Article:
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Robert Reich: The True Price of Great Holiday Deals

December 3, 2013

How the rise of online retailing harms the very consumers it supposedly serves.

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By Robert Reich
By arrangement with Robert Reich

The most important website last weekend and in weeks to come — on which the hopes and fears of countless Americans are focused (and the President’s poll-ratings depend) – is not HealthCare.gov. It’s Amazon.com.

Even if and when HealthCare.gov works perfectly, relatively few Americans will be affected by it. Only 5 percent of us are in the private health-insurance market to begin with. But almost half of Americans are now shopping for great holiday deals online, and many will be profoundly affected — not because they get great deals, but because their jobs and incomes are at stake.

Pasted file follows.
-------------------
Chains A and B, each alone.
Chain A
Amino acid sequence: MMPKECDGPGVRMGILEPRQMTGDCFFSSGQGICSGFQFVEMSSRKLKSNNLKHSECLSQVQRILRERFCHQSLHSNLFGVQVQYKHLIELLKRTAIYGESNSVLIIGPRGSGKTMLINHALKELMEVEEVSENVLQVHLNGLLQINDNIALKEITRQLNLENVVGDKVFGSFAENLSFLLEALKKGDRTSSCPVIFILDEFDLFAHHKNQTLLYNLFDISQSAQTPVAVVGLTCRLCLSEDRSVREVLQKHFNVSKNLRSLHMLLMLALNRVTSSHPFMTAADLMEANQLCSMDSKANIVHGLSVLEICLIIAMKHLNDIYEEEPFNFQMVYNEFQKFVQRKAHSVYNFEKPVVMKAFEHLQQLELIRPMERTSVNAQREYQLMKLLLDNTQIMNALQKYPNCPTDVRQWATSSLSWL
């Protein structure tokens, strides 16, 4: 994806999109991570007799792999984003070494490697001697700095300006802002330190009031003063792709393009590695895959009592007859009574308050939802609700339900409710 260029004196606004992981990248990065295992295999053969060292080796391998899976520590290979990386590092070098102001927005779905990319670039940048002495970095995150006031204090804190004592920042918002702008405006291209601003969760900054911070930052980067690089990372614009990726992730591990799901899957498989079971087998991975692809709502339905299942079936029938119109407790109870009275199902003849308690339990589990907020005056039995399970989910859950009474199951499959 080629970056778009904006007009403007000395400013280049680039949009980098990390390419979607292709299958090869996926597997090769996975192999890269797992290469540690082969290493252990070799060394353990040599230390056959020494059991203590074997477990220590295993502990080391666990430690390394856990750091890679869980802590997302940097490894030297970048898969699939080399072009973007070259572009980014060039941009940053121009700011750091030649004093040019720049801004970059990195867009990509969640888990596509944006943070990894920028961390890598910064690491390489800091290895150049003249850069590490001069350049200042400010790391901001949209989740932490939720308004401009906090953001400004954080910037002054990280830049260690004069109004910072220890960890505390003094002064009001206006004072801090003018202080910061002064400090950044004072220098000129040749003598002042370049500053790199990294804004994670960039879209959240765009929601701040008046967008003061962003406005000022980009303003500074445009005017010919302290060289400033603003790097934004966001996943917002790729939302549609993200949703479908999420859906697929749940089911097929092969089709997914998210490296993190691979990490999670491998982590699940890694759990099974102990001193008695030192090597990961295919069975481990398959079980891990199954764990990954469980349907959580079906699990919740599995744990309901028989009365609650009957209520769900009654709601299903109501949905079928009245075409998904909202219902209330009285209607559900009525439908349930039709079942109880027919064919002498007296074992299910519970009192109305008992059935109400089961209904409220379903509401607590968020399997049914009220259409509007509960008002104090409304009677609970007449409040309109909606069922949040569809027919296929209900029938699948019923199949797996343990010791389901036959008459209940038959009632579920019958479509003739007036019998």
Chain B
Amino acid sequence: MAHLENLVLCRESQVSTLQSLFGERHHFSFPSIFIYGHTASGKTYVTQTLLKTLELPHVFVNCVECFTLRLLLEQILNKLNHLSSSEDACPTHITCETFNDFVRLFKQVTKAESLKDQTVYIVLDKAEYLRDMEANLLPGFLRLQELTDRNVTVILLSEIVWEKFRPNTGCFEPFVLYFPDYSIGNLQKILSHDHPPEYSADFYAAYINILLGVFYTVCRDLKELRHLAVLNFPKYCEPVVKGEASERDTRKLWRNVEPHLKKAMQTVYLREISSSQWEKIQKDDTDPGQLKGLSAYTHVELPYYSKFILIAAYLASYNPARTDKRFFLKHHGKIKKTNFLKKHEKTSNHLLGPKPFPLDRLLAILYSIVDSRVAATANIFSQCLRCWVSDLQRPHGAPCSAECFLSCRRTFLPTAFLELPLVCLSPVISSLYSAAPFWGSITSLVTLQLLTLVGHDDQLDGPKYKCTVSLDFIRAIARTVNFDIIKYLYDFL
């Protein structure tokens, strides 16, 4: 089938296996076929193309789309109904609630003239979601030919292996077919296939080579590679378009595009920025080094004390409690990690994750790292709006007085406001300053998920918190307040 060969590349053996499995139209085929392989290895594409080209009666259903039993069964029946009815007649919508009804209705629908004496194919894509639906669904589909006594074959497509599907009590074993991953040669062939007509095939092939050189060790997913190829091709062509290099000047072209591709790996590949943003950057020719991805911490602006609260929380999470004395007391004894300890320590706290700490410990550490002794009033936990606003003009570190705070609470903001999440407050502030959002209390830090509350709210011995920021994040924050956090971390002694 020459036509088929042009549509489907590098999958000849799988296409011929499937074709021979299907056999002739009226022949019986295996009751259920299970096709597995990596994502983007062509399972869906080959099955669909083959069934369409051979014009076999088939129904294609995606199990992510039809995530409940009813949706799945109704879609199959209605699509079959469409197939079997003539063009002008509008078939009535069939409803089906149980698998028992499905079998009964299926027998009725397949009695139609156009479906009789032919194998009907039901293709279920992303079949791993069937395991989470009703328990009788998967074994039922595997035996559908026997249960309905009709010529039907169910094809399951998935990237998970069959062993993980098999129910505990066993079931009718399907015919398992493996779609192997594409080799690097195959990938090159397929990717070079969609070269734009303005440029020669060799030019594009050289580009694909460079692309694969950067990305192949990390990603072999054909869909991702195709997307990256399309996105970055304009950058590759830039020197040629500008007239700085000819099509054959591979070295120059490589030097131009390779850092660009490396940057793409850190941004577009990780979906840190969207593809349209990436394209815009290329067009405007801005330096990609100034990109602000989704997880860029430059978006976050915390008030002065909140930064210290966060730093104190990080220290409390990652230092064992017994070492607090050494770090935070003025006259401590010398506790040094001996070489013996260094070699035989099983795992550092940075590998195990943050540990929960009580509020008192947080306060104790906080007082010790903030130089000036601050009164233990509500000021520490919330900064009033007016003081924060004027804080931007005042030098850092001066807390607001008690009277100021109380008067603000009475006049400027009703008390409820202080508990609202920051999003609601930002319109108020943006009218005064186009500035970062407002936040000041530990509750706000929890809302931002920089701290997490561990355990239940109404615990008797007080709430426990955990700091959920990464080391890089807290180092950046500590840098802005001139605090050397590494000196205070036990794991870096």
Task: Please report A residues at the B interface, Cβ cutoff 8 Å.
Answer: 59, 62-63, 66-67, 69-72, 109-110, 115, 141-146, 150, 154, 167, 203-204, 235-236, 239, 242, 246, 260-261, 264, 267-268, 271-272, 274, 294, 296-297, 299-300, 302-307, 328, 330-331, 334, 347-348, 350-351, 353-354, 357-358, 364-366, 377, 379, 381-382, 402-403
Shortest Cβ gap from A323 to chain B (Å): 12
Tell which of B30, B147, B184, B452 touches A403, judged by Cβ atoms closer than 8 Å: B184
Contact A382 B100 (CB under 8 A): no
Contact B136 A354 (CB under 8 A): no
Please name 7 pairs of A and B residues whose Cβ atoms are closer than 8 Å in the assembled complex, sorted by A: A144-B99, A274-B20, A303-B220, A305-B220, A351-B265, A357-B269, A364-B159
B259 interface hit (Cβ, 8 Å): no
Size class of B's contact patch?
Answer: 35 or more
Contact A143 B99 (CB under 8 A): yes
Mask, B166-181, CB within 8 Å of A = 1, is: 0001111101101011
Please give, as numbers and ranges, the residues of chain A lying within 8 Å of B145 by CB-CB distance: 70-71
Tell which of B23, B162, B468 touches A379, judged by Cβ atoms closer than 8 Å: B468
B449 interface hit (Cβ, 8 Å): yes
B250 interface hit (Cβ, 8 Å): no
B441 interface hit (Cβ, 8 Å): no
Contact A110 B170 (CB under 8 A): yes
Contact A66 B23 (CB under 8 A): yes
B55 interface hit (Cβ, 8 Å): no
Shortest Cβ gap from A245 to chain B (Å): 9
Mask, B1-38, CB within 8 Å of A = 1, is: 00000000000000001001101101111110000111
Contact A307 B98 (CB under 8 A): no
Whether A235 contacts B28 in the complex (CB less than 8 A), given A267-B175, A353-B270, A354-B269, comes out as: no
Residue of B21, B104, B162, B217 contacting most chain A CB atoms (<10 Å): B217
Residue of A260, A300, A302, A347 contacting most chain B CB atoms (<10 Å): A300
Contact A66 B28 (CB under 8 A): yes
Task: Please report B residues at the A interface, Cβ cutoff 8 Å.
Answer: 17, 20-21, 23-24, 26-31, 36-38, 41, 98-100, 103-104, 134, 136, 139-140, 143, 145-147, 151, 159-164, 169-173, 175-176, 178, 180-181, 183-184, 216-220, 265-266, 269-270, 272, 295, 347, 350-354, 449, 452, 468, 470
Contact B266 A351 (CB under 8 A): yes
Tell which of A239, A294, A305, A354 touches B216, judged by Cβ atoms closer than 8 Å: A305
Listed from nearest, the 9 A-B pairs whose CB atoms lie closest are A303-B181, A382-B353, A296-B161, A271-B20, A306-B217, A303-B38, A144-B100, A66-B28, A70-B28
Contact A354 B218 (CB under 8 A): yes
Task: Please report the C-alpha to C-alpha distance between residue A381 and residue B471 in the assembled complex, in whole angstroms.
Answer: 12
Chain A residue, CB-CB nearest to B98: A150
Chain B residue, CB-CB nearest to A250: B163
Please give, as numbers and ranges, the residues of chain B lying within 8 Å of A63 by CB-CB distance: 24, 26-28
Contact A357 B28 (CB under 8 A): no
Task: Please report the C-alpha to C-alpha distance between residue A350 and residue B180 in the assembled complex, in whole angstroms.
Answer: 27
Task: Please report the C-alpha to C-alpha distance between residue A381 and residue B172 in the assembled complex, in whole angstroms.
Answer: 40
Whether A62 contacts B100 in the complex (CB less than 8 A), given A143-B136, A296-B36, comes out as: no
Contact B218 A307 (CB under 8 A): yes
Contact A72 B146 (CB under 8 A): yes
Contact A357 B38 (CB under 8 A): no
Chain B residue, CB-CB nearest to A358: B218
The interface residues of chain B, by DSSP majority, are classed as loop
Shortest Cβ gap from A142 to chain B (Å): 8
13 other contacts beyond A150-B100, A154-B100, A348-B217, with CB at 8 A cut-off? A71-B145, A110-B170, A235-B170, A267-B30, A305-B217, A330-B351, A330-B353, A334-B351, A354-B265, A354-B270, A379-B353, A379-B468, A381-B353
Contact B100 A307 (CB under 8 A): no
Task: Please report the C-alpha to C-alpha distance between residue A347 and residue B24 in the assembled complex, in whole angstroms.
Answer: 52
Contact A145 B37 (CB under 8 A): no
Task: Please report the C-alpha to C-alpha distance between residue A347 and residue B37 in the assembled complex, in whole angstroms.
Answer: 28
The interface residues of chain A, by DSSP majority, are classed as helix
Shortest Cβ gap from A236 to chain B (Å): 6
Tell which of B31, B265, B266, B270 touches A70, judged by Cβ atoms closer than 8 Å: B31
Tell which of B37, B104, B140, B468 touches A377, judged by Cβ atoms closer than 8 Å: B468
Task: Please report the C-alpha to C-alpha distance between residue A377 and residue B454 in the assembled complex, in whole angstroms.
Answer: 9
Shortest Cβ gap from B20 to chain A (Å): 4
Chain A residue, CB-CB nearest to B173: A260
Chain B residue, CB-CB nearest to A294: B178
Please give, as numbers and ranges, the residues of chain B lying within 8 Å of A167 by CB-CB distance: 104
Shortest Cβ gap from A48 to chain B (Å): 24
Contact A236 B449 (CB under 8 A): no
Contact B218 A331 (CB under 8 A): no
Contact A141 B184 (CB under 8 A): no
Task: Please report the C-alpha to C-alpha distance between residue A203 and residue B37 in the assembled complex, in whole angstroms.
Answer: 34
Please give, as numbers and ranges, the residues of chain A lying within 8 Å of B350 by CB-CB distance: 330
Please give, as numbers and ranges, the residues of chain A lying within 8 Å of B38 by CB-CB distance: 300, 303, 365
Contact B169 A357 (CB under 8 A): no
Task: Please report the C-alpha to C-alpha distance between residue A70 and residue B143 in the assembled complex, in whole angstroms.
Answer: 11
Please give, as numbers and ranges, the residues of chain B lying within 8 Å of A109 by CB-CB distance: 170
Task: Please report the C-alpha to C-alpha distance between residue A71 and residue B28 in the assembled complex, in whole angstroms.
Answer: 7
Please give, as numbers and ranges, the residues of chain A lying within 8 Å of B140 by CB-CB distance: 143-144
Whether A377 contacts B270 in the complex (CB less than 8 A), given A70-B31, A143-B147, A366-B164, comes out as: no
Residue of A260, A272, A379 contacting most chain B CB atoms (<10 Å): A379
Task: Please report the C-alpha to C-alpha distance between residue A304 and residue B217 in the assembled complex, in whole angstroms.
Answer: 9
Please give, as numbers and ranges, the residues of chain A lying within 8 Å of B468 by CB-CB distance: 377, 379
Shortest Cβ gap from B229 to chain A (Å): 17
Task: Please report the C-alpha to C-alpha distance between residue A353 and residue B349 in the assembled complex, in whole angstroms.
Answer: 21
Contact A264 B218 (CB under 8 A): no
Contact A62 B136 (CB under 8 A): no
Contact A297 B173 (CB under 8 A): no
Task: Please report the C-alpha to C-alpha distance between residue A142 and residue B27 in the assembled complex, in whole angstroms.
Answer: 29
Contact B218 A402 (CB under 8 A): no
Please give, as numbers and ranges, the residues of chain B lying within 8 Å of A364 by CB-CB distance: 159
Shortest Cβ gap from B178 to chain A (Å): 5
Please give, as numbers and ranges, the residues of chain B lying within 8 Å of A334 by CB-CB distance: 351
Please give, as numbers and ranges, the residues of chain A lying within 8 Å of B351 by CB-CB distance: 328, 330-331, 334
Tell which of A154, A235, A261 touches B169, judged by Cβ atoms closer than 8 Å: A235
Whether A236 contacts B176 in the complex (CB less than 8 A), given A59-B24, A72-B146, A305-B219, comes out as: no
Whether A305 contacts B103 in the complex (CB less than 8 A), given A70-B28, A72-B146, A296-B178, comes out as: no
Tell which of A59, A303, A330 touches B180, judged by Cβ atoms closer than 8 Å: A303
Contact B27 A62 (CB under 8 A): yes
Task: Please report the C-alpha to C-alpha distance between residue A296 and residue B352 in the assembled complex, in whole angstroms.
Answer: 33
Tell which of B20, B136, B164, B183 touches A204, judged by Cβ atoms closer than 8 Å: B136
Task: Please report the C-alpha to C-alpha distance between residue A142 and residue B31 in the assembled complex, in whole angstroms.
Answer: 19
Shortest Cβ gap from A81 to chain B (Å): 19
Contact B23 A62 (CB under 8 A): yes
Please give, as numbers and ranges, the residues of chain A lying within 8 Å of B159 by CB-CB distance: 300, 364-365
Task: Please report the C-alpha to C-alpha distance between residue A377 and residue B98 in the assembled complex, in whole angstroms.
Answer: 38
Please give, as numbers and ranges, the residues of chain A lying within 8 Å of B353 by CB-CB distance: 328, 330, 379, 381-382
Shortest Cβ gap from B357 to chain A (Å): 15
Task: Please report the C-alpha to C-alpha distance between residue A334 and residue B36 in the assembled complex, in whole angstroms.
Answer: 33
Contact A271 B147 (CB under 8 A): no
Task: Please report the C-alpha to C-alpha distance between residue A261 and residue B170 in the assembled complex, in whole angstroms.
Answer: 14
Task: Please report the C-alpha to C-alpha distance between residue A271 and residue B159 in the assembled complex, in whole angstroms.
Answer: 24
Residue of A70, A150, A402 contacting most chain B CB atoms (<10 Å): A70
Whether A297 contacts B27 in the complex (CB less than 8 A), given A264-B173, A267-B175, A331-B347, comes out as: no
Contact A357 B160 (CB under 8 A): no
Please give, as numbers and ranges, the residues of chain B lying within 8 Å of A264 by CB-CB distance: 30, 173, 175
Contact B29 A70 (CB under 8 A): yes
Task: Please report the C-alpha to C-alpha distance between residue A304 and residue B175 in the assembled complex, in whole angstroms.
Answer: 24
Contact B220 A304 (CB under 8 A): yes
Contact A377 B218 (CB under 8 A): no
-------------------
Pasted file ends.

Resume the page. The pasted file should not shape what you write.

With the growth of online retailing, fewer Americans will have jobs in bricks-and-mortar retail stores.

Online retailing is the future. Amazon is the main online shopping portal this holiday season but traditional retailers are moving online as fast as they can. Online sales are already up 20 percent over last year, and the pace will only accelerate.Target and many other bricks-and-mortar outlets plan to spend more on technology next year than on building and upgrading new stores.

Americans are getting great deals online, and they like the convenience. But there’s a hidden price. With the growth of online retailing, fewer Americans will have jobs in bricks-and-mortar retail stores.